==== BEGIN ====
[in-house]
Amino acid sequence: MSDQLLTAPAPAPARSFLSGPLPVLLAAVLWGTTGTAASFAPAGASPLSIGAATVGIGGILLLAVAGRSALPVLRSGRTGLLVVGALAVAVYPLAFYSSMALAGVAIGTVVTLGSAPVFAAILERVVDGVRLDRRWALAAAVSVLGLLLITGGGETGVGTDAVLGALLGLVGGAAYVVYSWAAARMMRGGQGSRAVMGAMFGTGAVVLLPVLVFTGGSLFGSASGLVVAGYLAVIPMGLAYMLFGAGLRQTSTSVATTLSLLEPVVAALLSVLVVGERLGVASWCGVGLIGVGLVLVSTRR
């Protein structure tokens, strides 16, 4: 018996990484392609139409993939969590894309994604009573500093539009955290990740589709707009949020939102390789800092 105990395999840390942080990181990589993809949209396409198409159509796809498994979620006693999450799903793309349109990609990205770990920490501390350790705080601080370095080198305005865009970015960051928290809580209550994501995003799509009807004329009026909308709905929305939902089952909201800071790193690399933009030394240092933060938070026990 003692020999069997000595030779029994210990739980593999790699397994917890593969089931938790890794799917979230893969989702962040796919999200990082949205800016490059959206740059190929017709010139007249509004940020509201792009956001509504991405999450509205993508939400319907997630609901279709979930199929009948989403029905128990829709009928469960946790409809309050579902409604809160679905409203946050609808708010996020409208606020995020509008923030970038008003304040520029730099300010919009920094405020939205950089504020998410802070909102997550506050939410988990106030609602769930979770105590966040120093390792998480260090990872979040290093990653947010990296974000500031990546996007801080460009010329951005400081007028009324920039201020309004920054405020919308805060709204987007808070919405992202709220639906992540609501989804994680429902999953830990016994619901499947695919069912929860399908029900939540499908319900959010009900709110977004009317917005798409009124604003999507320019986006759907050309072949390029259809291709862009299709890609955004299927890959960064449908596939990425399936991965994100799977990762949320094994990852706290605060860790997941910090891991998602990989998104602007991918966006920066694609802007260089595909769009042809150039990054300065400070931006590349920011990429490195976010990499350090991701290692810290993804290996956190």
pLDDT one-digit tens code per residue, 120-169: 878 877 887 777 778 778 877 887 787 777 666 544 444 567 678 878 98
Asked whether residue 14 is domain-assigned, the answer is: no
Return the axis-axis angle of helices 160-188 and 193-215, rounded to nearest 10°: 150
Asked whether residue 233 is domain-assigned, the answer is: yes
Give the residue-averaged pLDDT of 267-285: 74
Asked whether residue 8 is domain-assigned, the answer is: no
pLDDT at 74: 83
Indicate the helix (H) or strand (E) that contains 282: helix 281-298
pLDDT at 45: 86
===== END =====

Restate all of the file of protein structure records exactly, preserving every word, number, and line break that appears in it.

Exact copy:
[in-house]
Amino acid sequence: MSDQLLTAPAPAPARSFLSGPLPVLLAAVLWGTTGTAASFAPAGASPLSIGAATVGIGGILLLAVAGRSALPVLRSGRTGLLVVGALAVAVYPLAFYSSMALAGVAIGTVVTLGSAPVFAAILERVVDGVRLDRRWALAAAVSVLGLLLITGGGETGVGTDAVLGALLGLVGGAAYVVYSWAAARMMRGGQGSRAVMGAMFGTGAVVLLPVLVFTGGSLFGSASGLVVAGYLAVIPMGLAYMLFGAGLRQTSTSVATTLSLLEPVVAALLSVLVVGERLGVASWCGVGLIGVGLVLVSTRR
């Protein structure tokens, strides 16, 4: 018996990484392609139409993939969590894309994604009573500093539009955290990740589709707009949020939102390789800092 105990395999840390942080990181990589993809949209396409198409159509796809498994979620006693999450799903793309349109990609990205770990920490501390350790705080601080370095080198305005865009970015960051928290809580209550994501995003799509009807004329009026909308709905929305939902089952909201800071790193690399933009030394240092933060938070026990 003692020999069997000595030779029994210990739980593999790699397994917890593969089931938790890794799917979230893969989702962040796919999200990082949205800016490059959206740059190929017709010139007249509004940020509201792009956001509504991405999450509205993508939400319907997630609901279709979930199929009948989403029905128990829709009928469960946790409809309050579902409604809160679905409203946050609808708010996020409208606020995020509008923030970038008003304040520029730099300010919009920094405020939205950089504020998410802070909102997550506050939410988990106030609602769930979770105590966040120093390792998480260090990872979040290093990653947010990296974000500031990546996007801080460009010329951005400081007028009324920039201020309004920054405020919308805060709204987007808070919405992202709220639906992540609501989804994680429902999953830990016994619901499947695919069912929860399908029900939540499908319900959010009900709110977004009317917005798409009124604003999507320019986006759907050309072949390029259809291709862009299709890609955004299927890959960064449908596939990425399936991965994100799977990762949320094994990852706290605060860790997941910090891991998602990989998104602007991918966006920066694609802007260089595909769009042809150039990054300065400070931006590349920011990429490195976010990499350090991701290692810290993804290996956190």
pLDDT one-digit tens code per residue, 120-169: 878 877 887 777 778 778 877 887 787 777 666 544 444 567 678 878 98
Asked whether residue 14 is domain-assigned, the answer is: no
Return the axis-axis angle of helices 160-188 and 193-215, rounded to nearest 10°: 150
Asked whether residue 233 is domain-assigned, the answer is: yes
Give the residue-averaged pLDDT of 267-285: 74
Asked whether residue 8 is domain-assigned, the answer is: no
pLDDT at 74: 83
Indicate the helix (H) or strand (E) that contains 282: helix 281-298
pLDDT at 45: 86